The Latest on Using Poison for Controlling Wild Pigs
The EPA approved the use of Kaput® Feral Hog Bait in January 2017 under the Federal Insecticide, Fungicide, Rodenticide Act. Kaput® produces a commercially-available bait containing warfarin. For those unfamiliar with warfarin, it is an anti-coagulant used for blood clot prevention in humans (Coumadin) in addition to being the primary ingredient found in rat and mouse bait. Back in February, the Texas Agriculture Commissioner announced a state rule change that would allow the use of Kaput® for controlling feral hogs. However, this decision has been met with opposition and concerns over exposure for non-target species. Two bills from Texas lawmakers have halted the use of this product until current research used by the EPA in the approval process can be reviewed. Texas Parks and Wildlife is also delaying issuing a position statement regarding the use of this product until the research on impacts to non-target species can be assessed.
Concerns regarding the use of this toxicant other than non-target wildlife impacts include economic feasibility, its effectiveness, and humaneness. Prior to dispensing Kaput®, the recommendation is to pre-bait areas with a placebo for 3-6 weeks. Additionally, to attempt to reduce non-target impacts, pigs must be trained to use a restrictive delivery device (feeder). Feeders with a lid weight of 18lbs. are recommended. For hogs to ingest a lethal dose, they must feed on Kaput® for 4-7 days. When you factor in the pre-bait period and the time to reach a lethal dose, it may be up to seven weeks before the first hog dies. When trying to assess the potential effectiveness, we have to consider that hogs move in response to pressure and food resources. The 4-7 day mortality estimate assumes constant feeding so effectiveness could be further reduced if hogs are moving away from the “bait” over that seven week period. The humaneness of this toxicant has also been questioned. While most can agree feral hog populations need to be significantly reduced across the country, as wildlife managers we have a responsibility to achieve this in the most humane way possible. In addition to the 4-7 days for the animal to actually die from the toxicant, bleeding becomes more progressive over time. This product has already been deemed inhumane by the Australian government. Concerns have been raised that black bears are likely susceptible. Also birds, rodents, and small mammals could possibly pick up “crumbs” left by the hogs.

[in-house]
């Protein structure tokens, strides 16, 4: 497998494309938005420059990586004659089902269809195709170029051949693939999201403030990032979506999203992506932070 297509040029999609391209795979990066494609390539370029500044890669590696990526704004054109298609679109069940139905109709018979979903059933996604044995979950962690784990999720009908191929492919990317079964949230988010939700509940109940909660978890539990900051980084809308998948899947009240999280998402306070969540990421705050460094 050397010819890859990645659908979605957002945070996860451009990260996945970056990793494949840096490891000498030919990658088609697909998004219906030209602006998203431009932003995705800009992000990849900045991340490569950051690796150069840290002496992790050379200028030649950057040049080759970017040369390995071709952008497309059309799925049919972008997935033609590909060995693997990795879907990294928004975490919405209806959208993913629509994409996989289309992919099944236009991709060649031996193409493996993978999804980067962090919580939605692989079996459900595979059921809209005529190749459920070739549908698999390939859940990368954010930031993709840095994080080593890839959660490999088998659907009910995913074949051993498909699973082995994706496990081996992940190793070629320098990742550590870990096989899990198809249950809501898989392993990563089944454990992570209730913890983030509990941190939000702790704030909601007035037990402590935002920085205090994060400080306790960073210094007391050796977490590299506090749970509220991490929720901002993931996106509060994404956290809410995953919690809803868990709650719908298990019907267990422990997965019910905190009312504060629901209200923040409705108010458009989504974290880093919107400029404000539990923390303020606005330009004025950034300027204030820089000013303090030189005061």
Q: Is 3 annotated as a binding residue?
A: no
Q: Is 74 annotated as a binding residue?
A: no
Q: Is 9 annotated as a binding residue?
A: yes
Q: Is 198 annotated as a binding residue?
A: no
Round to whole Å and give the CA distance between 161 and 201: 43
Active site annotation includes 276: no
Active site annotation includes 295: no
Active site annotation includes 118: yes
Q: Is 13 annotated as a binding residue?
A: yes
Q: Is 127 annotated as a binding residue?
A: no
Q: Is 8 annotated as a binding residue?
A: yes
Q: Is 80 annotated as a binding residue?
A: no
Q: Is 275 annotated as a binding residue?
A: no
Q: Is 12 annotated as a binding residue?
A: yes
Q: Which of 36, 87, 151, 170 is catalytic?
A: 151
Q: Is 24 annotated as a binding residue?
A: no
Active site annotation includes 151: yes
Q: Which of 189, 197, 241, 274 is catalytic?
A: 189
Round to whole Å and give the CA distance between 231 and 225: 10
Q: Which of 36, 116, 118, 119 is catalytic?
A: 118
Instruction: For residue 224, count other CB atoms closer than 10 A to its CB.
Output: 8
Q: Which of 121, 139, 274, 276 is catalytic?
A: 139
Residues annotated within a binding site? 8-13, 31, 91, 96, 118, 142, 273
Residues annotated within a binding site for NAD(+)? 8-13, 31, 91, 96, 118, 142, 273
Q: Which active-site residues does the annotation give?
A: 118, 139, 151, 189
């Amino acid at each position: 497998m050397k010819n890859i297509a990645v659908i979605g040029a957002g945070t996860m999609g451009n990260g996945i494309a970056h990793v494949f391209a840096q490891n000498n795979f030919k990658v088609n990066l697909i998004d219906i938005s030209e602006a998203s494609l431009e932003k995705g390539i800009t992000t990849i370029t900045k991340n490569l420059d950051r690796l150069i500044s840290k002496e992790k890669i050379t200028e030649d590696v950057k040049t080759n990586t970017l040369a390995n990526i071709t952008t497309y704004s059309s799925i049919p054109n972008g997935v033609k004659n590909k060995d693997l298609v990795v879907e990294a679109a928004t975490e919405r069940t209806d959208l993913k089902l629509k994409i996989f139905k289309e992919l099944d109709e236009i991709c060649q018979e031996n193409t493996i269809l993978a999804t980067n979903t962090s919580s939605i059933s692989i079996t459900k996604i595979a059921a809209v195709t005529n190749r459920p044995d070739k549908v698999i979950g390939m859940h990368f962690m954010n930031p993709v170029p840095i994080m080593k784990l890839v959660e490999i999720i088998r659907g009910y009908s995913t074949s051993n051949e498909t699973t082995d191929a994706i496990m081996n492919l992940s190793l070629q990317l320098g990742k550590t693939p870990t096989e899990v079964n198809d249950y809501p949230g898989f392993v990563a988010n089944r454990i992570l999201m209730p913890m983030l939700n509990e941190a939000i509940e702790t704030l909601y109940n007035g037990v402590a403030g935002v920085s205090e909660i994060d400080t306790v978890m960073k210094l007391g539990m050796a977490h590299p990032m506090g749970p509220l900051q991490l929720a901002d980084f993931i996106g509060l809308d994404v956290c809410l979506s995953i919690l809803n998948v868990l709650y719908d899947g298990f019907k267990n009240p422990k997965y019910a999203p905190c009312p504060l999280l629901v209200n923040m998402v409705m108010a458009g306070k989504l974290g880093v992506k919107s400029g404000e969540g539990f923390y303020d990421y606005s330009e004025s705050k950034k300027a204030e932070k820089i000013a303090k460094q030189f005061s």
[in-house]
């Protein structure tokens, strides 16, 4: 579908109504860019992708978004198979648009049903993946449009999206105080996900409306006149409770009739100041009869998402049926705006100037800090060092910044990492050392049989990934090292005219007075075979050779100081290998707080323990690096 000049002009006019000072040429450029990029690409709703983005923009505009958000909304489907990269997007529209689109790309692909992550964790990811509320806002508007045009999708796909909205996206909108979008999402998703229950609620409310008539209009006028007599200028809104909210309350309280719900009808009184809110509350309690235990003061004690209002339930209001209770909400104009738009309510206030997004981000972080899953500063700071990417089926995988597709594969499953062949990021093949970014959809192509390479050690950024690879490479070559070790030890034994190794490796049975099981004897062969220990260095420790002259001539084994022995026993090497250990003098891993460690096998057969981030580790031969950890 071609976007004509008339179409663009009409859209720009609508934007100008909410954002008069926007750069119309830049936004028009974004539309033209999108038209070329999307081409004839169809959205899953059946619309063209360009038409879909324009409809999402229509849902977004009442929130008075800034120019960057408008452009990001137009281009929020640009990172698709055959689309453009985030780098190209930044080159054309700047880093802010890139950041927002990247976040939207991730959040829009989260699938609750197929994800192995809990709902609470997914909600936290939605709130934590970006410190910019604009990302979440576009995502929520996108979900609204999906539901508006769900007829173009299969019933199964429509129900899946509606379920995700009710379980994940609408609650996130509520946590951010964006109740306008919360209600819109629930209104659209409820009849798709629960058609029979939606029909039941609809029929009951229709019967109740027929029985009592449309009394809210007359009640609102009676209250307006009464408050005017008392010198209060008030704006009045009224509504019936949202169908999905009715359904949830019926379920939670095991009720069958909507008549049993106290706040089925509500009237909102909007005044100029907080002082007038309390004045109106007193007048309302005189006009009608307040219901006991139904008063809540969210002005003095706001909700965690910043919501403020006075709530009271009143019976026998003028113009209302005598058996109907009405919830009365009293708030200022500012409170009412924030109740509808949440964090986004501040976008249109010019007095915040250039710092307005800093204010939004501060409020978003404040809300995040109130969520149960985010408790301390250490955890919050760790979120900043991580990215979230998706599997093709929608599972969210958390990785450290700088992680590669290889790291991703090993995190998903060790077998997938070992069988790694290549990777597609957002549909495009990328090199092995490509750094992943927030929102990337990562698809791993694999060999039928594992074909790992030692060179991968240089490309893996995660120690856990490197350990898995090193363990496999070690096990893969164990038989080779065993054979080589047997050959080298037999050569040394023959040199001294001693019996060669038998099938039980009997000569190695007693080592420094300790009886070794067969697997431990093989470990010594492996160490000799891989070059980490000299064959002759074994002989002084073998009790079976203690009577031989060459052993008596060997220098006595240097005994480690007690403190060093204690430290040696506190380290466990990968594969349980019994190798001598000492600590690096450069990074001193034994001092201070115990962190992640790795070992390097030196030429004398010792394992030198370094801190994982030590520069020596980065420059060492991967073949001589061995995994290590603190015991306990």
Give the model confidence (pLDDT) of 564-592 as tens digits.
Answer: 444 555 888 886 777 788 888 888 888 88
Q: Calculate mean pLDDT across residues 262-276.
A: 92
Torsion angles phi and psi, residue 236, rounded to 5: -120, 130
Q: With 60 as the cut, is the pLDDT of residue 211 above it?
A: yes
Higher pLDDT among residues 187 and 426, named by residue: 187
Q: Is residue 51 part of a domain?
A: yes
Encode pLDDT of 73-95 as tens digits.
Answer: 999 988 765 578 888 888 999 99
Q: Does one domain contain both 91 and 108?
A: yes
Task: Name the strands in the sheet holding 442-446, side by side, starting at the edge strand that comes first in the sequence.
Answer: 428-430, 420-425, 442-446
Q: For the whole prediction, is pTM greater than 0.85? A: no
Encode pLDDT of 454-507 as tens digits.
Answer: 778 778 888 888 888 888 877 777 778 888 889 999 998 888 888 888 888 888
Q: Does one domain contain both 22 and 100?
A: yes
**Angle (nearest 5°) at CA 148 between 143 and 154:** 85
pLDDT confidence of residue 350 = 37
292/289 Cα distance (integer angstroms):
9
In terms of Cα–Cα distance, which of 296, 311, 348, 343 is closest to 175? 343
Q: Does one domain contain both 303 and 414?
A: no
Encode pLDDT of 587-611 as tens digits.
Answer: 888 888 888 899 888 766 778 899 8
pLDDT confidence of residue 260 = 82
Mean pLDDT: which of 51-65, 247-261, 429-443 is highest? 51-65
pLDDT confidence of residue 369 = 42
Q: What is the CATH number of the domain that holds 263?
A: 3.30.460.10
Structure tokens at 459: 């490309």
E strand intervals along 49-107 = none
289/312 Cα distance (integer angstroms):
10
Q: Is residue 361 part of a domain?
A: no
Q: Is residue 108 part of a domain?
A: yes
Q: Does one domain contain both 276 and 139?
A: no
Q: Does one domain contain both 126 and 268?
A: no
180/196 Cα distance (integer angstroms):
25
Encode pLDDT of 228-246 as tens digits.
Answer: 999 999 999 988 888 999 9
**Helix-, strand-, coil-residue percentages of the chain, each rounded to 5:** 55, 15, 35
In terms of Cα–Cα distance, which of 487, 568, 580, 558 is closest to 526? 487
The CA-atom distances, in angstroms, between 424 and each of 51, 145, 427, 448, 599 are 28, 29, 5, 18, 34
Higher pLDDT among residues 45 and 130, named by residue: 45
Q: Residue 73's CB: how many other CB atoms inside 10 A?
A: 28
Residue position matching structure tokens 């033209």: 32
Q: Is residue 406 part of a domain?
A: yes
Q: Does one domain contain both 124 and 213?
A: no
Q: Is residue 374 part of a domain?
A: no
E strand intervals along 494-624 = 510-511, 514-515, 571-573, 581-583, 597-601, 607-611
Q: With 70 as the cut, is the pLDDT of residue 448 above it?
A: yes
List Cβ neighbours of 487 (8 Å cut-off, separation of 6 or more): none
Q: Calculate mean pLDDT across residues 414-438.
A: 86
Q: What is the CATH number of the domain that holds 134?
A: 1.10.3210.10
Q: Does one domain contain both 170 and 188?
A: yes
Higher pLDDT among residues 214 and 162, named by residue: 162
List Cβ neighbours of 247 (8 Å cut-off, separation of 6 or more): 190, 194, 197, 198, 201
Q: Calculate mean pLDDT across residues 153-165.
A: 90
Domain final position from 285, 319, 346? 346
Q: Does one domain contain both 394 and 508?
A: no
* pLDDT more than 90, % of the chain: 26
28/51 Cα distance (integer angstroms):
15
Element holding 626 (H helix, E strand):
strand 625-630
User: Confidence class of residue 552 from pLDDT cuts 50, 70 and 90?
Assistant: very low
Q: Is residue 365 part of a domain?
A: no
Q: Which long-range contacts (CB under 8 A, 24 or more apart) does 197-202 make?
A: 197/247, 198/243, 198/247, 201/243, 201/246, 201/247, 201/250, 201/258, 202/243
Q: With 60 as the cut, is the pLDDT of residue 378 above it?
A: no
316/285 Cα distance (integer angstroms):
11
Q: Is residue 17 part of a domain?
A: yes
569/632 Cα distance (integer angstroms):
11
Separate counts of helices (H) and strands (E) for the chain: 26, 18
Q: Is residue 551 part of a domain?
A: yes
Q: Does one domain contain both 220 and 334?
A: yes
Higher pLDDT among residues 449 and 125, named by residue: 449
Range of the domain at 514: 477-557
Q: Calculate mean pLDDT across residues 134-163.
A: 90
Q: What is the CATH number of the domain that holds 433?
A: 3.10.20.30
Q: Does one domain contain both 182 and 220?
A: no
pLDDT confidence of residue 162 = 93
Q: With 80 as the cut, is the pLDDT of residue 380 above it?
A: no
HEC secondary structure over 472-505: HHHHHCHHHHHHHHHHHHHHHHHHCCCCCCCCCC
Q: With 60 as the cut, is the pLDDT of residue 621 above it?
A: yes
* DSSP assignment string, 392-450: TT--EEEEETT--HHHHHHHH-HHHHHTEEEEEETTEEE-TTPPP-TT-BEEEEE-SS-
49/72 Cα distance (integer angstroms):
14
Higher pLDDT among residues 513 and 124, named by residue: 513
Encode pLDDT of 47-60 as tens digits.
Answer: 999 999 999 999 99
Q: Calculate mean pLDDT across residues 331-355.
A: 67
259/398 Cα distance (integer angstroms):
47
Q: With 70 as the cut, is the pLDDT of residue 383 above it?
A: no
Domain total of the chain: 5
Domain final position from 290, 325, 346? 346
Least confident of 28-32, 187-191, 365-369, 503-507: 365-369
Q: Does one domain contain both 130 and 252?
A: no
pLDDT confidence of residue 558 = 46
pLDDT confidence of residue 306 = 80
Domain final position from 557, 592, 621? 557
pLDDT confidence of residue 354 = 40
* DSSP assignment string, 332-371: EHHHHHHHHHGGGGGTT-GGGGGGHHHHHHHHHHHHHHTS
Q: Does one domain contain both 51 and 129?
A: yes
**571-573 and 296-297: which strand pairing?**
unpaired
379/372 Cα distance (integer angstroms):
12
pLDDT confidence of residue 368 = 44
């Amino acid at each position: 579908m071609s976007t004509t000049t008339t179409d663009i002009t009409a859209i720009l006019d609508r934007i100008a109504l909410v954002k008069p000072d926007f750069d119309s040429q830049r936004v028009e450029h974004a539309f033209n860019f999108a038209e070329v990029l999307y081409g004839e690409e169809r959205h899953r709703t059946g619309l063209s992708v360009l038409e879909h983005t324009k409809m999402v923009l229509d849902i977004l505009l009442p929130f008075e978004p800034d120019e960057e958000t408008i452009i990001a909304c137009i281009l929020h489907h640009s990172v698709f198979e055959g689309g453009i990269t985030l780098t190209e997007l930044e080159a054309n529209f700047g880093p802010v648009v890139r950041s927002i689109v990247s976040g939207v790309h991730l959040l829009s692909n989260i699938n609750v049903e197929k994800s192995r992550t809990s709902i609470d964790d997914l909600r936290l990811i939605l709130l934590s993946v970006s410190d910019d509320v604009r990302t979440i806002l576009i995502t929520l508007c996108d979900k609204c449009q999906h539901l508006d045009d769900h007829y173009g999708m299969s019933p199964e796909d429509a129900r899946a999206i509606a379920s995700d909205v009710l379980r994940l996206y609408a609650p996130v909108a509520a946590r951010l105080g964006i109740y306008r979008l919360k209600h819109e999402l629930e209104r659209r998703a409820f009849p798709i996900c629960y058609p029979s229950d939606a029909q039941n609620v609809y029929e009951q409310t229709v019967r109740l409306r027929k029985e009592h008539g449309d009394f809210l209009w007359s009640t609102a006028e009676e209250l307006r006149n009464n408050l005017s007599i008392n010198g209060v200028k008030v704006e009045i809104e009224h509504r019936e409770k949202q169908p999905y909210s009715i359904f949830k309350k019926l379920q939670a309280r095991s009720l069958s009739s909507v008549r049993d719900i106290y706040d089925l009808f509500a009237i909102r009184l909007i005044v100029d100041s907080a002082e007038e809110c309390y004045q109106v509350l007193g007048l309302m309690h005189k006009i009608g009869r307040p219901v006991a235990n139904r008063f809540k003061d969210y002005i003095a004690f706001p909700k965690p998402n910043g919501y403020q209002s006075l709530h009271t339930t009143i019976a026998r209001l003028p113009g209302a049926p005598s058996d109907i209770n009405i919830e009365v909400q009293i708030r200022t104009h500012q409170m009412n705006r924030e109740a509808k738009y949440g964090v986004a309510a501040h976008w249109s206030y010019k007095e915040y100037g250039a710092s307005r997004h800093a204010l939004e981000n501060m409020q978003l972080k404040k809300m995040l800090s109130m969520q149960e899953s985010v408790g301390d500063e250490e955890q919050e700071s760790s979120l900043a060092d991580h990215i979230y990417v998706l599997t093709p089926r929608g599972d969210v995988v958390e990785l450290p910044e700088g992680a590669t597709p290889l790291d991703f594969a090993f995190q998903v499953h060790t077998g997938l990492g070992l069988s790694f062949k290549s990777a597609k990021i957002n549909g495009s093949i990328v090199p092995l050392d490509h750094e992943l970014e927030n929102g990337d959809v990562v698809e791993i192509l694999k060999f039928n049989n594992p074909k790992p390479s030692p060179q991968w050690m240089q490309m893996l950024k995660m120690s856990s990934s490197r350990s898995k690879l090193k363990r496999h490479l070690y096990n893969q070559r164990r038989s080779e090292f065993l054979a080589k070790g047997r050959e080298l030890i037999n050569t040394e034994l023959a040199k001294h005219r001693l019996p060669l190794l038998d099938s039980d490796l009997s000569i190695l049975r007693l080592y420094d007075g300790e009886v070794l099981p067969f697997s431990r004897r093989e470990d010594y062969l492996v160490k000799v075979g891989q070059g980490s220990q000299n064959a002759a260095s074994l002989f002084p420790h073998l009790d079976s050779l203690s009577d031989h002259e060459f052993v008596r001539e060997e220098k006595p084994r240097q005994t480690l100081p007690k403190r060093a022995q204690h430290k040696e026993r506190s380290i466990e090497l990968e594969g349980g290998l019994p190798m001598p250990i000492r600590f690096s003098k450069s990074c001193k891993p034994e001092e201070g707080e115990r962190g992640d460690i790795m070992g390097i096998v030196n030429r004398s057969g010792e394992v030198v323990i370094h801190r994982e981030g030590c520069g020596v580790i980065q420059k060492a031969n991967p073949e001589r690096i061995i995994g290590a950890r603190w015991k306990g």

Another toxicant being evaluated by USDA is sodium nitrite. Sodium nitrite is currently being used in Australia as a hog poison but it is also used as food preservative in the United States (for all of all things, bacon). Death usually occurs within 1.5 hours as a result of depletion of oxygen to the brain and vital organs.
While a toxicant could eventually be our “silver bullet” to significantly reduce wild pig populations across the country, third-party research needs to be conducted to assess non-target impacts and develop a delivery method that is both economical and feasible.